The Sopranos: Season 2, Episode 7

D-Girl (27 Feb. 2000)

TV Episode  |  TV-MA  |   |  Crime, Drama
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Anthony continues to cause problems at home, while Pussy's divided loyalties cause him greater anguish.



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Episode cast overview, first billed only:
Junior Soprano (credit only)
Silvio Dante (credit only)


AJ takes his mother's car out without permission and sideswipes a truck causing considerable damage to her car. He's in a rebellious mood, pushing all of his parents' buttons, threatening not to go through with his confirmation and saying that God is dead. Pussy is AJ's confirmation sponsor and Tony asks him to have a talk with the boy. Pussy however is forced by the FBI to wear a wire to a party at Tony's house to celebrate AJ's confirmation and he is deeply conflicted by the situation he finds himself in. Christopher meanwhile starts hanging around movie people, including Jon Favreau. He's decided he wants to be a player rather than a writer in the movie business but when Tony hears about what he's been up to, Christopher has a choice to make. Written by garykmcd

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Crime | Drama


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Release Date:

27 February 2000 (USA)  »

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Aspect Ratio:

1.78 : 1
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Did You Know?


A future movie project about "made men" like the late mafioso Joey Gallo that Jon Favreau talks so passionately about in this episode is one he actually brought to some life in his 2001 film Made (2001). And fittingly, three The Sopranos (1999) cast members make cameos in that Favreau movie about would-be wiseguys: Vincent Pastore as Drea de Matteo as "Hot Girl 2" and Federico Castelluccio as "The Bouncer". Pastore, along with several others actors who eventually showed up in future "Sopranos" episodes, also appeared in the mob comedy Mickey Blue Eyes (1999). And in both this "D-Girl" episode and in Favreau's "Made" movie, characters make disparaging comments about "Mickey Blue Eyes". See more »


When AJ stops the Mercedes after scraping the parked vehicle, the passenger mirror is still attached. When he gets out to walk around the car & inspect potential damage it is now hanging. See more »


Carmela Soprano: Act like a good Catholic for fifteen fucking minutes. Is that so much to ask?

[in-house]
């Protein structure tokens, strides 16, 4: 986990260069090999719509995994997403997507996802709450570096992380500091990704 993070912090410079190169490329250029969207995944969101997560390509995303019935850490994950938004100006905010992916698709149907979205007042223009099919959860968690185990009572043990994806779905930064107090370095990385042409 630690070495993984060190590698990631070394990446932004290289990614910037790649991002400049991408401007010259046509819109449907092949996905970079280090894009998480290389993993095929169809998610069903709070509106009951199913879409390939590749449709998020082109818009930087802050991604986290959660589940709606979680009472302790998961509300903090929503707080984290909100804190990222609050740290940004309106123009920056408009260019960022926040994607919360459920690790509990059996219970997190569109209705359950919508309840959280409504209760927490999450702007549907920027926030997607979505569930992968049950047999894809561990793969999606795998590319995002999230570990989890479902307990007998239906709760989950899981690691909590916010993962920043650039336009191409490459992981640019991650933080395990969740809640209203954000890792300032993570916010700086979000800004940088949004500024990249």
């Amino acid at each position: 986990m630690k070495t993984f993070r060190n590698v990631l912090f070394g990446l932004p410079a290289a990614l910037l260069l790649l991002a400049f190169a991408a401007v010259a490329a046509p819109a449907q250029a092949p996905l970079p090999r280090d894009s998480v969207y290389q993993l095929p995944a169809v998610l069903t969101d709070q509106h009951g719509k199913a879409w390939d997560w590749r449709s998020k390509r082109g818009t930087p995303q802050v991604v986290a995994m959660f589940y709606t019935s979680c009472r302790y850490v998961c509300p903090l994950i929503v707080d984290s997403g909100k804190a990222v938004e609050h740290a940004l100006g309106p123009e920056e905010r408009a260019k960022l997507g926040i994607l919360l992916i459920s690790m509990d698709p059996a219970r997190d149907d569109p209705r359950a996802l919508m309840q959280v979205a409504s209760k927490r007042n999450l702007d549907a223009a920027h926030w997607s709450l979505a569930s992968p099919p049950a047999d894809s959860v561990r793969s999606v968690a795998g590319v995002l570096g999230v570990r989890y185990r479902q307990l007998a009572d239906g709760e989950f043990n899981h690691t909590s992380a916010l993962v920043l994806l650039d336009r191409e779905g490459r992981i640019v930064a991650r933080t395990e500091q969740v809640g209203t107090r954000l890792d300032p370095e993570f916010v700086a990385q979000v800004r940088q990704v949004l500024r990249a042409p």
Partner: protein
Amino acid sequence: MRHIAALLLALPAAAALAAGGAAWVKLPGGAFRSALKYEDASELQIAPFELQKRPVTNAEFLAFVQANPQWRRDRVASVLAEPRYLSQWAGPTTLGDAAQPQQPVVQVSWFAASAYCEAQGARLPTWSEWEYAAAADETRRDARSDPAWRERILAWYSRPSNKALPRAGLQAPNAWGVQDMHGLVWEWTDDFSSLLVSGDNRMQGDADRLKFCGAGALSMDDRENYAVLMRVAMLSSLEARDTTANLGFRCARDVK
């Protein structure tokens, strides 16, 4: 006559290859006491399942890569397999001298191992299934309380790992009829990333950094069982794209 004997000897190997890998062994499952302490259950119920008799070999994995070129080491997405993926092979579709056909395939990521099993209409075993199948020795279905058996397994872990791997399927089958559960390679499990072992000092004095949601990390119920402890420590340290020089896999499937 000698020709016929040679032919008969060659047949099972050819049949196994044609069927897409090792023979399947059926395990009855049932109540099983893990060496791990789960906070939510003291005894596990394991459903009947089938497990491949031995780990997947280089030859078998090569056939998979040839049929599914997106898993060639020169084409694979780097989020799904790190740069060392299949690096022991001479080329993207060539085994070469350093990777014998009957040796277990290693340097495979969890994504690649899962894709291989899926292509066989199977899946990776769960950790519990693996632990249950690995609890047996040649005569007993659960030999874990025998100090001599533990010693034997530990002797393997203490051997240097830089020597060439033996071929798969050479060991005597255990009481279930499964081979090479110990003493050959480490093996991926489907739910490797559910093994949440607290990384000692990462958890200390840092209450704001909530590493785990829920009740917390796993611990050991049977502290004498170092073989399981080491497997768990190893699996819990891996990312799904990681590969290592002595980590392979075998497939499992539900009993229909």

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References Rocky (1976) See more »


Tasty Pudding
Performed by Chet Baker
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User Reviews

Hollywood, Chrissy!
1 April 2008 | by (Italy) – See all my reviews

Real movie fans will never forget the iconic scene in The Godfather where a famous movie producer wakes up and finds the severed head of his favorite horse between the sheets. That horrifying moment originated from a deal gone bad between the producer and the Corleone family, a clever way to imply movies are controlled by crime lords too (not that far-fetched a theory, actually: the mafia famously cashed in most of Deep Throat's profits). The concept is taken to anew level in D-Girl, one of the finest episodes of The Sopranos' second year.

Since Hollywood is concerned, it is clear Christopher plays a pivotal role in the story, and indeed he does: through his cousin's fiancée, Amy Safir (Alicia Witt), he is able to meet Jon Favreau and actually visit a film set. Things seem to be going fine until Chris tries to impress Favreau by telling an embarrassing true story featuring one of his friends. The anecdote subsequently pops up in Jon's latest script, a fact which could cost Chrissy his life. Of course, the fact that he's sleeping with Amy doesn't improve anything either. Trouble ensues for Pussy, too, as he is asked to wear a wire during AJ's confirmation: not only does he find it offensive toward God, he also starts to have serious doubts regarding his deceitful life.

David Chase has always said Martin Scorsese was a huge influence for the show's atmosphere and D-Girl proves it splendidly, encompassing the Church, the street (the two main concerns of many of Scorsese's films) and, most of all, the passion Marty gave in to instead of becoming a priest: the movies. For the man behind Taxi Driver, it's always been about the movies. Christopher has a similar attitude, and his experience in this episode comprises some of the best moments of the series. Most enjoyable of all is Favreau's delightful self-mocking guest spot, with excellent help from Janeane Garofalo (perhaps the idea for Entourage was partially derived from those scenes): the bit where he asks to see Christopher's gun is superbly funny and tense at the same time. And consider this: Favreau, who mentions his part-Italian origin, "steals" Chris's story and inserts it in his screenplay with no concern for the consequences his actions may have. Now, whose behavior is more criminal, at the end of it all?

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